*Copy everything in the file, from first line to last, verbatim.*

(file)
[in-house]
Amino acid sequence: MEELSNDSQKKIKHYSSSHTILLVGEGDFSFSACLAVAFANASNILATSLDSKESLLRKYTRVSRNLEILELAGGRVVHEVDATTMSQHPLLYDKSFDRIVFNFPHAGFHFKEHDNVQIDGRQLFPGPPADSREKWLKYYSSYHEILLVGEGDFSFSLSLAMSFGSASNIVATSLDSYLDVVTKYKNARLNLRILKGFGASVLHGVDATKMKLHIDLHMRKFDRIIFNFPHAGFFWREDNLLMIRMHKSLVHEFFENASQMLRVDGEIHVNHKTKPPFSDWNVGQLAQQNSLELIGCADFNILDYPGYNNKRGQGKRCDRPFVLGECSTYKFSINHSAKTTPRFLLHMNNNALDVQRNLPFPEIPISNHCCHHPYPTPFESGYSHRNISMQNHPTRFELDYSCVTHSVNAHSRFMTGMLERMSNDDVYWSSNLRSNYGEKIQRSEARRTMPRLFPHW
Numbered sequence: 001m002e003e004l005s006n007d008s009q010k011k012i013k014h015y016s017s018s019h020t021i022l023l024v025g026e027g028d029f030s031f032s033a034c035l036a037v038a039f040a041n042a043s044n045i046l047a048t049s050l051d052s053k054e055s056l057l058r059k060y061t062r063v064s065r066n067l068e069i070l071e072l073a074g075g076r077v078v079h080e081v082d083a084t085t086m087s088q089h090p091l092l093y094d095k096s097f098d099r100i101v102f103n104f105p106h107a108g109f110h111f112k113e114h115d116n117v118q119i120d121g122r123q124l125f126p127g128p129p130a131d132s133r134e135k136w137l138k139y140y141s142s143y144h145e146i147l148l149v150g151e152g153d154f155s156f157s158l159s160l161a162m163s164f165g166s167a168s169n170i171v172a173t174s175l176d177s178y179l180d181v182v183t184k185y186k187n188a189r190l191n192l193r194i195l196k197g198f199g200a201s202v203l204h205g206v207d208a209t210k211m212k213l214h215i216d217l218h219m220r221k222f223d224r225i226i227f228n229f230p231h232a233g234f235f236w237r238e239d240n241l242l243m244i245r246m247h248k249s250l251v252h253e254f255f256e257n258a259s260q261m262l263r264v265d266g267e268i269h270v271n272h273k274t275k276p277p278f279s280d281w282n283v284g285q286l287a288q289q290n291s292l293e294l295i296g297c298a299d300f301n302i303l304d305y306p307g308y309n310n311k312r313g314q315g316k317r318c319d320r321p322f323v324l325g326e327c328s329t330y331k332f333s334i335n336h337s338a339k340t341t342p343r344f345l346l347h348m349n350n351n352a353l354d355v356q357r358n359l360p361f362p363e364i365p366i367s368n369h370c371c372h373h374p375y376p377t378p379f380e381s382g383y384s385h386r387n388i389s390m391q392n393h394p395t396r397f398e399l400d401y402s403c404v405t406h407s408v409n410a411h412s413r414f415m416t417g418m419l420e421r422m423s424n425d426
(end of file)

[in-house]
Amino acid sequence: MEELSNDSQKKIKHYSSSHTILLVGEGDFSFSACLAVAFANASNILATSLDSKESLLRKYTRVSRNLEILELAGGRVVHEVDATTMSQHPLLYDKSFDRIVFNFPHAGFHFKEHDNVQIDGRQLFPGPPADSREKWLKYYSSYHEILLVGEGDFSFSLSLAMSFGSASNIVATSLDSYLDVVTKYKNARLNLRILKGFGASVLHGVDATKMKLHIDLHMRKFDRIIFNFPHAGFFWREDNLLMIRMHKSLVHEFFENASQMLRVDGEIHVNHKTKPPFSDWNVGQLAQQNSLELIGCADFNILDYPGYNNKRGQGKRCDRPFVLGECSTYKFSINHSAKTTPRFLLHMNNNALDVQRNLPFPEIPISNHCCHHPYPTPFESGYSHRNISMQNHPTRFELDYSCVTHSVNAHSRFMTGMLERMSNDDVYWSSNLRSNYGEKIQRSEARRTMPRLFPHW
Numbered sequence: 001m002e003e004l005s006n007d008s009q010k011k012i013k014h015y016s017s018s019h020t021i022l023l024v025g026e027g028d029f030s031f032s033a034c035l036a037v038a039f040a041n042a043s044n045i046l047a048t049s050l051d052s053k054e055s056l057l058r059k060y061t062r063v064s065r066n067l068e069i070l071e072l073a074g075g076r077v078v079h080e081v082d083a084t085t086m087s088q089h090p091l092l093y094d095k096s097f098d099r100i101v102f103n104f105p106h107a108g109f110h111f112k113e114h115d116n117v118q119i120d121g122r123q124l125f126p127g128p129p130a131d132s133r134e135k136w137l138k139y140y141s142s143y144h145e146i147l148l149v150g151e152g153d154f155s156f157s158l159s160l161a162m163s164f165g166s167a168s169n170i171v172a173t174s175l176d177s178y179l180d181v182v183t184k185y186k187n188a189r190l191n192l193r194i195l196k197g198f199g200a201s202v203l204h205g206v207d208a209t210k211m212k213l214h215i216d217l218h219m220r221k222f223d224r225i226i227f228n229f230p231h232a233g234f235f236w237r238e239d240n241l242l243m244i245r246m247h248k249s250l251v252h253e254f255f256e257n258a259s260q261m262l263r264v265d266g267e268i269h270v271n272h273k274t275k276p277p278f279s280d281w282n283v284g285q286l287a288q289q290n291s292l293e294l295i296g297c298a299d300f301n302i303l304d305y306p307g308y309n310n311k312r313g314q315g316k317r318c319d320r321p322f323v324l325g326e327c328s329t330y331k332f333s334i335n336h337s338a339k340t341t342p343r344f345l346l347h348m349n350n351n352a353l354d355v356q357r358n359l360p361f362p363e364i365p366i367s368n369h370c371c372h373h374p375y376p377t378p379f380e381s382g383y384s385h386r387n388i389s390m391q392n393h394p395t396r397f398e399l400d401y402s403c404v405t406h407s408v409n410a411h412s413r414f415m416t417g418m419l420e421r422m423s424n425d426